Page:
- Grenadier/Fusilier (Equivalent to Private)
- Obergrenadier/Oberfusilier (Equivalent to Private First Class)
- Gefreiter (Equivalent to Lance Corporal)
- Obergefreiter (Equivalent to Corporal)
- Hauptgefreiter (Equivalent to Senior Corporal)
- Stabsgefreiter (Equivalent to Administrative Corporal)
- Non-Commisioned Officer Ranks
- Unteroffizier (Equivalent to Sergeant)
- Unterfeldwebel (Equivalent to Staff Sergeant)
- Feldwebel (Equivalent to Sergeant First Class)
- Oberfeldwebel (Equivalent to Master Sergeant or Warrant Officer Class Two)
- Stabsfeldwebel (Equivalent to Sergeant Major)
- Commissioned Officer Ranks
- Leutnant (Equivalent to 2nd Lieutenant)
- Oberleutnant (Equivalent to (1st) Lieutenant)
- Hauptmann (Equivalent to Captain)
- Oberstleutnant (Equivalent to Lieutenant Colonel)
- Oberst (Equivalent to Colonel)
- Generalmajor (Equivalent to Brigadier General)
- Generalleutnant (Equivalent to Major General)
- General der (arm) (Equivalent to Lieutenant General)
- Arms included Kavallerie (calvary), Artillerie (artillery), Infanterie (infantry), Panzertruppen (armoured troops), Gebirgstruppen (mountain troops), Pioniere (engineers), and Nachrichtentruppen (communications troops).
- Generaloberst (Equivalent to General)
- Generalfeldmarschall (Equivalent to Field Marshal or General of the Army)
- Matrose (Equivalent to Seaman)
- Matrosengefreiter (Equivalent to Ordinary Seaman)
- Matrosenobergefreiter (Equivalent to Able Seaman)
- Matrosenhauptgefreiter (Equivalent to Leading Seaman 3rd class)
- Matrosenstabsgefreiter (Equivalent to Leading Seaman 2nd class)
- Matrosenoberstabsgefreiter (Equivalent to Leading Seaman 1st class)
- Non-Commisioned Officer Ranks
- Maat (Equivalent to Petty Officer 3rd class)
- Obermaat (Equivalent to Petty Officer 2nd class)
- Feldwebel (Equivalent to Petty Officer 1st class)
- Stabfeldwebel (Equivalent to Chief Petty Officer)
- Oberfeldwebel (Equivalent to Warrant Officer)
- Staboberfelbwebel (Equivalent to Chief Warrant Officer)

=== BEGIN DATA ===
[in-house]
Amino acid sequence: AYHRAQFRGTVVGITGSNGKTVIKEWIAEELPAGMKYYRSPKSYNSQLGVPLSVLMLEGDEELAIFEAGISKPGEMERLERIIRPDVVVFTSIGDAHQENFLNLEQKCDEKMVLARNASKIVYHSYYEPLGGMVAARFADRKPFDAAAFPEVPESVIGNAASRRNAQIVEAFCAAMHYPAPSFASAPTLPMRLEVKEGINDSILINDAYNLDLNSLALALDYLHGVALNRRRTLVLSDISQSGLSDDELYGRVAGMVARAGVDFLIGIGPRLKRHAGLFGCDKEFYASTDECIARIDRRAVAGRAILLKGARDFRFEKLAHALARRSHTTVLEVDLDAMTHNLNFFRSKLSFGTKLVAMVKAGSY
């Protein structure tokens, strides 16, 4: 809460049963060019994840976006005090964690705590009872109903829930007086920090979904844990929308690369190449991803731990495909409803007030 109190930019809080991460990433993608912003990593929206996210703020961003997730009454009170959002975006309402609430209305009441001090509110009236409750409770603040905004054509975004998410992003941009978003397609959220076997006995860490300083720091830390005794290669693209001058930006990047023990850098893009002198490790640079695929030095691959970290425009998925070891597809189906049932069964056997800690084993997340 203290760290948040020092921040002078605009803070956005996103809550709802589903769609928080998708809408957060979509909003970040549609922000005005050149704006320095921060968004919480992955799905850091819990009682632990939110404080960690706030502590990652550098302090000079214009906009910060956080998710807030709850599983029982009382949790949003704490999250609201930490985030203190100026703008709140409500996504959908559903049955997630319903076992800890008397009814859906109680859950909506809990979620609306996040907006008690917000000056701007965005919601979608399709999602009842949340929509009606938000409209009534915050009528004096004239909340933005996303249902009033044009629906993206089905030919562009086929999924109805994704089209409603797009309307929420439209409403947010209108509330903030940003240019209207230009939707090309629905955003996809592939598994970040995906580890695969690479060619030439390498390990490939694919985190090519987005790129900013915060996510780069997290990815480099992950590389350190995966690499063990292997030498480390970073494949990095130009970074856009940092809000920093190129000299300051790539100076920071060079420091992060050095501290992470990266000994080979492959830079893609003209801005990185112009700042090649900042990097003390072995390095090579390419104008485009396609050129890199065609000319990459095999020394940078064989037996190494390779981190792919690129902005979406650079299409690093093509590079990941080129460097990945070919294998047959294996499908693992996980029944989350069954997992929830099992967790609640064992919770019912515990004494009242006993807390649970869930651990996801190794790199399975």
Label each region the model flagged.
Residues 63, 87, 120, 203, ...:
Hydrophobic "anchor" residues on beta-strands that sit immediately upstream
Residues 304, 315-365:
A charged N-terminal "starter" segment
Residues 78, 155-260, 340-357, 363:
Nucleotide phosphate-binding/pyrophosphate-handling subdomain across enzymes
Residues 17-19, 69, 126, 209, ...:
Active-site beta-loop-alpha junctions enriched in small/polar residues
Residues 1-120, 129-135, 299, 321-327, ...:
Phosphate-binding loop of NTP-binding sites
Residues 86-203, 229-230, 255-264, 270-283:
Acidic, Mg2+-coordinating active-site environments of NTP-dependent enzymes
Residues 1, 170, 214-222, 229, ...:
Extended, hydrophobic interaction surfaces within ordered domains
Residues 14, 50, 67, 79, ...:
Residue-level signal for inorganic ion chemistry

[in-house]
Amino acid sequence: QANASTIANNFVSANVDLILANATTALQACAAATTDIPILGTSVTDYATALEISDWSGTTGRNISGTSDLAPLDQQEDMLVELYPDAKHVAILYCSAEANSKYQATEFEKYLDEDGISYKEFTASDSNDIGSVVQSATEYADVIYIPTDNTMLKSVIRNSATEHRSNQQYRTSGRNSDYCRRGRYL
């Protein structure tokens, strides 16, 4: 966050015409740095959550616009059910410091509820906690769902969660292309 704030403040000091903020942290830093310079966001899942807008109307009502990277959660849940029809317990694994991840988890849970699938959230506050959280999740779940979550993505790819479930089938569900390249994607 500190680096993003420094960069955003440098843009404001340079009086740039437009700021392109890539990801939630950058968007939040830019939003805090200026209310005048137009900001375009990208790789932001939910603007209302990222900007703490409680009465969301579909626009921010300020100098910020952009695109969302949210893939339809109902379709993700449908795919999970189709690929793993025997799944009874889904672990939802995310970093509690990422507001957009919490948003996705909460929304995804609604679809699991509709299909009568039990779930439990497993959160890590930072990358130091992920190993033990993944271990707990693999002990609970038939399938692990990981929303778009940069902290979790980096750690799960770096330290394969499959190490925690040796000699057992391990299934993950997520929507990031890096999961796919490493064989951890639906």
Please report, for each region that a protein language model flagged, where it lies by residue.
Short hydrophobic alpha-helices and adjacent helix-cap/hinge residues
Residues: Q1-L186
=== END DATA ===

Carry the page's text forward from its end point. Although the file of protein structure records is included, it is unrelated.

- Commissioned Officer Ranks
- Leutnant zur See (Equivalent to Ensign)
- Oberleutnant zur See(Equivalent to Lieutenant Junior Grade)
- Kapitanleutant (Equivalent to Lieutenant)
- Korvettenkapitan (Equivalent to Lieutenant Commander)
- Fregattenkapitan (Equivalent to Commander)
- Kapitan zur See (Equivalent to Captain)
- Kommodore (Equivalent to Commodore)
- Konteradmiral (Equivalent to Rear Admiral)
- Vizeadmiral (Equivalent to Vice Admiral)
- Admiral (Equivalent to Admiral)
- Grossadmiral (Equivalent to Fleet Admiral)
- Enlisted Ranks
- Flieger (Equivalent to Airman Basic or Aircraftman)
- Gefreiter (Equivalent to Airman)
- Obergefreiter (Equivalent to Airman First Class)
- Hauptgefreiter (Equivalent to Senior Airman or Corporal)
- Non-Commisioned Officer Ranks
- Unteroffizier (Equivalent to Staff Sergeant or Sergeant)
- Unterfeldwebel (Equivalent to Technical Sergeant or Flight Sergeant)
- Hauptwachtmeister (Equivalent to Master Sergeant)
- Stabsfeldwebel (Equivalent to Warrant Officer Master Aircrew)
- Commissioned Officer Ranks
- Leutnant (Equivalent to 2nd Lieutenant or Flying Officer)
- Oberleutnant (Equivalent to 1st Lieutenant or Flight Lieutenant)
- Hauptmann (Equivalent to Captain or Squadron Leader)
- Major (Equivalent to Wing Commander)
- Oberstleutnant (Equivalent to Lieutenant Colonel or Group Captain)
- Oberst (Equivalent to Colonel or Air Commodore)
- Generalmajor (Equivalent to Brigadier General or Air Marshal)
- Generalleutnant (Equivalent to Major General or Air Chief Marshal)
- General der (arm) (Equivalent to Lieutenant General)
- Includes Flieger (aviators), Fallschirmtruppen (parachute troops), Jagdflieger (fighter pilots), and Flakartillerie (anti-aircraft artillery).
- Generaloberst (Equivalent to General)
- Reichsmarschall (Special rank created for Hermann Goering, equivalent to General of the Air Force or Marshal of the Royal Air Force)
- Enlisted Ranks
- SS-Schütze (Equivalent to Private)
- SS-Oberschütze (Equivalent to Private First Class)
- SS-Sturmmann (Equivalent to Lance Corporal)
- SS-Rottenführer (Equivalent to Corporal)
- Non-Commissioned Officer Ranks
- SS-Unterscharführer (Equivalent to Sergeant)
- SS-Scharführer (Equivalent to Staff Sergeant
- SS-Oberscharführer (Translates to ?Sergeant First Class?)
- SS-Hauptscharführer (Equivalent to Master Sergeant)
- SS-Sturmscharführer (Equivalent to Sergeant Major)
- Commissioned Officer Ranks
- SS-Untersturmführer (Equivalent to Second Lieutenant)
- SS-Obersturmführer (Equivalent to (1st) Lieutenant)
- SS-Hauptsturmführer (Equivalent to Captain)
- SS-Sturmbannführer (Equivalent to Major)
- SS-Obersturmbannführer (Equivalent to Lieutenant Colonel)
- SS-Standartenführer (Equivalent to Colonel)
- SS-Oberführer (Equivalent to Brigadier-General)
- SS-Brigadeführer (Equivalent to Major General)
- SS-Gruppenführer (Equivalent to Lieutenant General)
- SS-Obergruppenführer (Equivalent to General)
- SS-Oberstgruppenführer (Equivalent to Field Marshal or General of the Army)
- Reichsführer-SS (Special rank for the head of the entire Schutzstaffel. Equivalent to General of the Armies)
The Wehrmacht in Fiction